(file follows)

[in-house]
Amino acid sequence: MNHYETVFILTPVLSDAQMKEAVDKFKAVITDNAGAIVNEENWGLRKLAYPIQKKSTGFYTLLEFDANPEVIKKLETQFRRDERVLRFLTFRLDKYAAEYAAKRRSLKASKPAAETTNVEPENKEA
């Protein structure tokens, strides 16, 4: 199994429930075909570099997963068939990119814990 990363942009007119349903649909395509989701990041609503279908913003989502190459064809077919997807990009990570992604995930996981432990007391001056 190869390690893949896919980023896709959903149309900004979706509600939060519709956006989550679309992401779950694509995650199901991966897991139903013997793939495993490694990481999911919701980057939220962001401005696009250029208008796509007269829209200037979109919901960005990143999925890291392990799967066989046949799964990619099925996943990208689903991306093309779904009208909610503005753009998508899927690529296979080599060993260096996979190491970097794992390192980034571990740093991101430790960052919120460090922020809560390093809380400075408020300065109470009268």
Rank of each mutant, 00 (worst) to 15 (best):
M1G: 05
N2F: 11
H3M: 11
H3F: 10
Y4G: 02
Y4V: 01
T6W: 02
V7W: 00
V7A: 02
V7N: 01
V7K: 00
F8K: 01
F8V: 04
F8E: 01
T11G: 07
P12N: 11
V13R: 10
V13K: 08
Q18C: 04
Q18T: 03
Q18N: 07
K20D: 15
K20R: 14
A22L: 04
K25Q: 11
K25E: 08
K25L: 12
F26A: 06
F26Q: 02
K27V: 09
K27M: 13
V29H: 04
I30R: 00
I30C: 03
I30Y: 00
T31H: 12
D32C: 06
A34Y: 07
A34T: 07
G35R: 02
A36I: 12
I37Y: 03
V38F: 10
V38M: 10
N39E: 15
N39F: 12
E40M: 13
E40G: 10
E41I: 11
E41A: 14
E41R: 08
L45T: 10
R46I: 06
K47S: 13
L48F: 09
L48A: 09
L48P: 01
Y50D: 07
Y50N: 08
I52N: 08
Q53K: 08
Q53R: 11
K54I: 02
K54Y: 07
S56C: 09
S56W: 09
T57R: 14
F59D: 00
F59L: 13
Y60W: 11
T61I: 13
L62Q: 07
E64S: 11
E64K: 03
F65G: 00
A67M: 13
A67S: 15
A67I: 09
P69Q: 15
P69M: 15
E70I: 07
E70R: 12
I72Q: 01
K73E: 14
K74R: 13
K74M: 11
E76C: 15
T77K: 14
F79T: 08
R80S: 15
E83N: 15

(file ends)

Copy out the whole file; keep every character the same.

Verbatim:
[in-house]
Amino acid sequence: MNHYETVFILTPVLSDAQMKEAVDKFKAVITDNAGAIVNEENWGLRKLAYPIQKKSTGFYTLLEFDANPEVIKKLETQFRRDERVLRFLTFRLDKYAAEYAAKRRSLKASKPAAETTNVEPENKEA
């Protein structure tokens, strides 16, 4: 199994429930075909570099997963068939990119814990 990363942009007119349903649909395509989701990041609503279908913003989502190459064809077919997807990009990570992604995930996981432990007391001056 190869390690893949896919980023896709959903149309900004979706509600939060519709956006989550679309992401779950694509995650199901991966897991139903013997793939495993490694990481999911919701980057939220962001401005696009250029208008796509007269829209200037979109919901960005990143999925890291392990799967066989046949799964990619099925996943990208689903991306093309779904009208909610503005753009998508899927690529296979080599060993260096996979190491970097794992390192980034571990740093991101430790960052919120460090922020809560390093809380400075408020300065109470009268």
Rank of each mutant, 00 (worst) to 15 (best):
M1G: 05
N2F: 11
H3M: 11
H3F: 10
Y4G: 02
Y4V: 01
T6W: 02
V7W: 00
V7A: 02
V7N: 01
V7K: 00
F8K: 01
F8V: 04
F8E: 01
T11G: 07
P12N: 11
V13R: 10
V13K: 08
Q18C: 04
Q18T: 03
Q18N: 07
K20D: 15
K20R: 14
A22L: 04
K25Q: 11
K25E: 08
K25L: 12
F26A: 06
F26Q: 02
K27V: 09
K27M: 13
V29H: 04
I30R: 00
I30C: 03
I30Y: 00
T31H: 12
D32C: 06
A34Y: 07
A34T: 07
G35R: 02
A36I: 12
I37Y: 03
V38F: 10
V38M: 10
N39E: 15
N39F: 12
E40M: 13
E40G: 10
E41I: 11
E41A: 14
E41R: 08
L45T: 10
R46I: 06
K47S: 13
L48F: 09
L48A: 09
L48P: 01
Y50D: 07
Y50N: 08
I52N: 08
Q53K: 08
Q53R: 11
K54I: 02
K54Y: 07
S56C: 09
S56W: 09
T57R: 14
F59D: 00
F59L: 13
Y60W: 11
T61I: 13
L62Q: 07
E64S: 11
E64K: 03
F65G: 00
A67M: 13
A67S: 15
A67I: 09
P69Q: 15
P69M: 15
E70I: 07
E70R: 12
I72Q: 01
K73E: 14
K74R: 13
K74M: 11
E76C: 15
T77K: 14
F79T: 08
R80S: 15
E83N: 15